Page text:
As the US and Canada experience heat domes, Southern Africa enters the third year of drought and China and Europe suffer devastating floods, the 100-day countdown to COP26 begins. Failure is not an option. We must agree how the world’s temperature rises can be controlled and reduce the danger of acceleration. At the same time, we need to support communities who are most at risk from the adverse impacts of climate change to develop and maintain resilience. We must all become climate adapters.
It may surprise some to know that we have an asset, perhaps the planet’s greatest asset, which can help us do just that. You would think that any such asset would be fiercely protected; its resources secured and the elements that give it value and resilience made safe; that companies and individuals would take advantage of the investment opportunities it presents for ESG reasons, for security or simply to make financial returns while Governments would work together to ensure its sustainable future. That asset is the ocean and while, for so long, we have viewed it as simply a resource bank from which to only extract, in recent years that view has changed.
When the WWF Report, Reviving the Ocean Economy: The Case for Action placed a value of US$24 trillion on the ocean, it raised eyebrows. But by valuing the ocean in this way, it highlighted the worth of the blue economy not only for resources to be extracted but in returns which could be made. It, therefore, created a baseline for driving investment into coastal and marine natural capital.
Frankly, failing to invest would be inexcusable. The Association of British Insurers reckons that coastal floods and storm surges cost the world between US$10bn and US$40bn a year. And according to the Global Commission on Adaptation, by 2050 rising sea levels and extreme weather are expected to cost coastal communities around the world up to US$1 trillion annually.
These are startling figures and a significant cost to the global economy proving once again that climate risk and ocean risk, together, equal financial risk. Rising sea levels and storm surges endanger people as well as the often high-value physical infrastructure on which they depend.
Public and increasingly private capital is realising that there are clear incentives to invest in the ocean. Firstly, to protect existing assets including valuable infrastructure, from becoming either uninsurable or worthless. Secondly, to look to the future and seek returns from innovative and investable products and projects.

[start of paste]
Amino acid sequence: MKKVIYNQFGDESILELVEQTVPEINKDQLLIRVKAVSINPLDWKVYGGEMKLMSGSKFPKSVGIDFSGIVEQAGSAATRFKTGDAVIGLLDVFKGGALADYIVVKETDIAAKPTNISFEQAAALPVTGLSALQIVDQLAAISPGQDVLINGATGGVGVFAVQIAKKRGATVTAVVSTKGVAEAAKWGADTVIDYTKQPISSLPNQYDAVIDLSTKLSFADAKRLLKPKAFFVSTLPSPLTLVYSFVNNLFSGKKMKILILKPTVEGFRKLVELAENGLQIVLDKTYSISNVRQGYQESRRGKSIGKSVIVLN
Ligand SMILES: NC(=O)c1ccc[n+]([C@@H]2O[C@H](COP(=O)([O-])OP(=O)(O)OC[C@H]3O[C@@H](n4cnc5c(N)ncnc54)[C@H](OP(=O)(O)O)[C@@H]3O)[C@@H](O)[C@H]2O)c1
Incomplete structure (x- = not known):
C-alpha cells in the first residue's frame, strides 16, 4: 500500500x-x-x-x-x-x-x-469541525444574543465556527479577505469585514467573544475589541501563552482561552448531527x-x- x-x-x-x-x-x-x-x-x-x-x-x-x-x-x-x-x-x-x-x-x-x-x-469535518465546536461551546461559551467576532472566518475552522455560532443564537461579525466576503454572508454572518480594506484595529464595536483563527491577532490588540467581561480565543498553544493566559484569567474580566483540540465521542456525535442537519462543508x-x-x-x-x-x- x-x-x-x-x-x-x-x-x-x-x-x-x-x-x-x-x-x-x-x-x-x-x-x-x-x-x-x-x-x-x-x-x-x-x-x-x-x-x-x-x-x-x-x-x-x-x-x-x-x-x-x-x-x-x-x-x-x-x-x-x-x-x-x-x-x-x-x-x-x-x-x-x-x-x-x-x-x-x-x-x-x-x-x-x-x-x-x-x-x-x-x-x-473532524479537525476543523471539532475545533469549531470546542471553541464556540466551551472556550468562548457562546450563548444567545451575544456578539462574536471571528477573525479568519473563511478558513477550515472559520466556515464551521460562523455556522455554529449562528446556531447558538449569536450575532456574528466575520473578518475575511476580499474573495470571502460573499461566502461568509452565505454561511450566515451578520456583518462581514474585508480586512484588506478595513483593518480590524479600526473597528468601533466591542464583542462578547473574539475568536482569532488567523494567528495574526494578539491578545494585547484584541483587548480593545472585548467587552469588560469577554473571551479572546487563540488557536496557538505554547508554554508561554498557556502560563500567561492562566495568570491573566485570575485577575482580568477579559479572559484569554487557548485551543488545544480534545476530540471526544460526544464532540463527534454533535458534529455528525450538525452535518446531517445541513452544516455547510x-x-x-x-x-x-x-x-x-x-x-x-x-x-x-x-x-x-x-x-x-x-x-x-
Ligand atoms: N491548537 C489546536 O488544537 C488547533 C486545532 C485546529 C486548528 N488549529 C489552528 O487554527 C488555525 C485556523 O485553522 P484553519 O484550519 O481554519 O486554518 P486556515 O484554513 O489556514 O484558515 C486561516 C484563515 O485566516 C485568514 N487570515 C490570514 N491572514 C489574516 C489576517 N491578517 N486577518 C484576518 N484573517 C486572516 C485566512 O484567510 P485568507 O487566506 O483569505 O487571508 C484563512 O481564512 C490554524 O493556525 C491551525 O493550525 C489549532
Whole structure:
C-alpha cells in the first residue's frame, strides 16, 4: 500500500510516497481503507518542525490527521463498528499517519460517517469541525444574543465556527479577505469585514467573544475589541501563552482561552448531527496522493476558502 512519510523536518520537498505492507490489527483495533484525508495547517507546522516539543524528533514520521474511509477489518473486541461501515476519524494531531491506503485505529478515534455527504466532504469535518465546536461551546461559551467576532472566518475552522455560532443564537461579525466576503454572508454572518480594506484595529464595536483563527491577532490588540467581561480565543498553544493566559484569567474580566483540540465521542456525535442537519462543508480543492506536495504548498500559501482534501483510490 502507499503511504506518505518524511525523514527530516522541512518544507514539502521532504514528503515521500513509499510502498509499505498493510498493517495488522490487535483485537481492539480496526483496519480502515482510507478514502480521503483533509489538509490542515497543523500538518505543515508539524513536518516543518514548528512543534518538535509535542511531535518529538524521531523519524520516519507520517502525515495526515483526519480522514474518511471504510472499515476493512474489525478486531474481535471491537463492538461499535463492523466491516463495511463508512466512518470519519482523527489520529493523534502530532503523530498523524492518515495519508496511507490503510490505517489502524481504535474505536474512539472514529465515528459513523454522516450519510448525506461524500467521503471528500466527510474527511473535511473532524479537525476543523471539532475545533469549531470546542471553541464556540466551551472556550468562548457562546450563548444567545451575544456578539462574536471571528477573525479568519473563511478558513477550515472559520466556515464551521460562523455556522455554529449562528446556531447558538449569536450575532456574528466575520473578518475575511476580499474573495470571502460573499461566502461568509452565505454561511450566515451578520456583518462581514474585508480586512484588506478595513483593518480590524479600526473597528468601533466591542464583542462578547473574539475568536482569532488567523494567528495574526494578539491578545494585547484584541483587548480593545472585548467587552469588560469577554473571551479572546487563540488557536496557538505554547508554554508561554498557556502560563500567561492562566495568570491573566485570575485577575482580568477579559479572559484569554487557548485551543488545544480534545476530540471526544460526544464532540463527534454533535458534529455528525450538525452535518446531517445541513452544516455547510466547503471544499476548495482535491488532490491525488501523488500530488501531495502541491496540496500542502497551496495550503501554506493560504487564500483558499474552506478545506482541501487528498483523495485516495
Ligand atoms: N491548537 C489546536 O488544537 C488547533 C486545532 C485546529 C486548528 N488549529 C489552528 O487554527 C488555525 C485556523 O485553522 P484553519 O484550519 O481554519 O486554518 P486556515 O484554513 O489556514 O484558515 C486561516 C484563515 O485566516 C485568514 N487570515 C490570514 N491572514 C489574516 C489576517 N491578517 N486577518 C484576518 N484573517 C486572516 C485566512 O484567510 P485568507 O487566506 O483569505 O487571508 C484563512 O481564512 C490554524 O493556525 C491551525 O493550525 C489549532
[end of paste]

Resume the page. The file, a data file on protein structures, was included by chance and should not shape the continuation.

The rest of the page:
This is where the Ocean Risk and Resilience Action Alliance or ORRAA comes in. ORRAA is an international alliance connecting finance and insurance, governments, environmental organisations, academics and climate adapters. Our members include Deutsche Bank, AXA XL, Swiss Re, Willis Towers Watson, the Governments of Canada and the UK, WWF, The Nature Conservancy, Ocean Unite and the Global Resilience Partnership. Our purpose is to convene and drive investment into coastal and marine natural capital; mitigate risk and build resilience in communities adapting to climate change.
We are already having an impact through our initial projects and programmes, including through supporting the development of a new blue carbon resilience credit project and the creation of a ground-breaking Coastal Risk Index that integrates the protective benefits of coastal ecosystems into insurance risk models. Risk management work we have undertaken includes developing pathways to reduce access to insurance for vessels engaged in illegal, unreported and unregulated (IUU) fishing, and the identification of adverse impacts on the most vulnerable sectors of coastal communities such as women and girls in Least Developed Countries and Small Island Developing States. Importantly, through our Innovation Challenge, we are also surfacing a pipeline of new small and medium sized projects and products which, through mentoring and development, can then be scaled to offer future investment opportunities.
Today, with just 100 days to go before COP26 in Glasgow, we need a new generation of financial backers from institutional investors to family offices, and from banks to insurers to put capital to work for the ocean. We are targeting $500m of investment by 2030 to pioneer new financial and insurance products and tools designed to channel capital, secure returns and drive investment into ocean focused Nature-based Solutions – fundamental to tackling the threats from climate change, protecting biodiversity and building resilience. We are also looking to Governments and financial regulators to put the right enabling regulatory framework in place to encourage private capital to move in this direction. This way, returns will be dependent on biodiversity protection, natural and marine capital security and stabilisation of the global temperature. A healthy and prosperous ocean future can then be assured for us all.
Karen Sack Chip Cunliffe
Co-Chair, ORRAA Co-Chair, ORRAA